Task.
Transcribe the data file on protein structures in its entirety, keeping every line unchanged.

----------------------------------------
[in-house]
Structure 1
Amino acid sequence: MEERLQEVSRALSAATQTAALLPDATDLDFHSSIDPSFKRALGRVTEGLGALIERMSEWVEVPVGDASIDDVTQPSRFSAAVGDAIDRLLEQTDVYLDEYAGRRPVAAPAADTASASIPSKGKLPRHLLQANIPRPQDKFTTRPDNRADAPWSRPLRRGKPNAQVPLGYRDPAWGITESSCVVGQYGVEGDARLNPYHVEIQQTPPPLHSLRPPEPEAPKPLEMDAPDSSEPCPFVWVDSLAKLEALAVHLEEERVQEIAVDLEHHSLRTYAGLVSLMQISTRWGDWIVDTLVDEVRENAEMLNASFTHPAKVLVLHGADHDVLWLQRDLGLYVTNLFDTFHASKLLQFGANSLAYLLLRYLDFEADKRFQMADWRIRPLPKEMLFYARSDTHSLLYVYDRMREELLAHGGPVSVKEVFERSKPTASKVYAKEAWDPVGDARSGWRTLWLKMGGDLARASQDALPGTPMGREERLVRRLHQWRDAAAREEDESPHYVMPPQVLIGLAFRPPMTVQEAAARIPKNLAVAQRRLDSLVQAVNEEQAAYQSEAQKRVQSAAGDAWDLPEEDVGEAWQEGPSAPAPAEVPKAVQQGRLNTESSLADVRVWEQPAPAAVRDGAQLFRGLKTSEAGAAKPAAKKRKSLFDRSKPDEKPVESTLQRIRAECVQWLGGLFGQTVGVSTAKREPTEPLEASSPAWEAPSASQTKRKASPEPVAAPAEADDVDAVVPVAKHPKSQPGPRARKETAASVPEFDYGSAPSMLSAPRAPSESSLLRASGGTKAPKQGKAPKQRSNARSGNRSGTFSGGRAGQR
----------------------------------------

[in-house]
Structure 1
Amino acid sequence: MEERLQEVSRALSAATQTAALLPDATDLDFHSSIDPSFKRALGRVTEGLGALIERMSEWVEVPVGDASIDDVTQPSRFSAAVGDAIDRLLEQTDVYLDEYAGRRPVAAPAADTASASIPSKGKLPRHLLQANIPRPQDKFTTRPDNRADAPWSRPLRRGKPNAQVPLGYRDPAWGITESSCVVGQYGVEGDARLNPYHVEIQQTPPPLHSLRPPEPEAPKPLEMDAPDSSEPCPFVWVDSLAKLEALAVHLEEERVQEIAVDLEHHSLRTYAGLVSLMQISTRWGDWIVDTLVDEVRENAEMLNASFTHPAKVLVLHGADHDVLWLQRDLGLYVTNLFDTFHASKLLQFGANSLAYLLLRYLDFEADKRFQMADWRIRPLPKEMLFYARSDTHSLLYVYDRMREELLAHGGPVSVKEVFERSKPTASKVYAKEAWDPVGDARSGWRTLWLKMGGDLARASQDALPGTPMGREERLVRRLHQWRDAAAREEDESPHYVMPPQVLIGLAFRPPMTVQEAAARIPKNLAVAQRRLDSLVQAVNEEQAAYQSEAQKRVQSAAGDAWDLPEEDVGEAWQEGPSAPAPAEVPKAVQQGRLNTESSLADVRVWEQPAPAAVRDGAQLFRGLKTSEAGAAKPAAKKRKSLFDRSKPDEKPVESTLQRIRAECVQWLGGLFGQTVGVSTAKREPTEPLEASSPAWEAPSASQTKRKASPEPVAAPAEADDVDAVVPVAKHPKSQPGPRARKETAASVPEFDYGSAPSMLSAPRAPSESSLLRASGGTKAPKQGKAPKQRSNARSGNRSGTFSGGRAGQR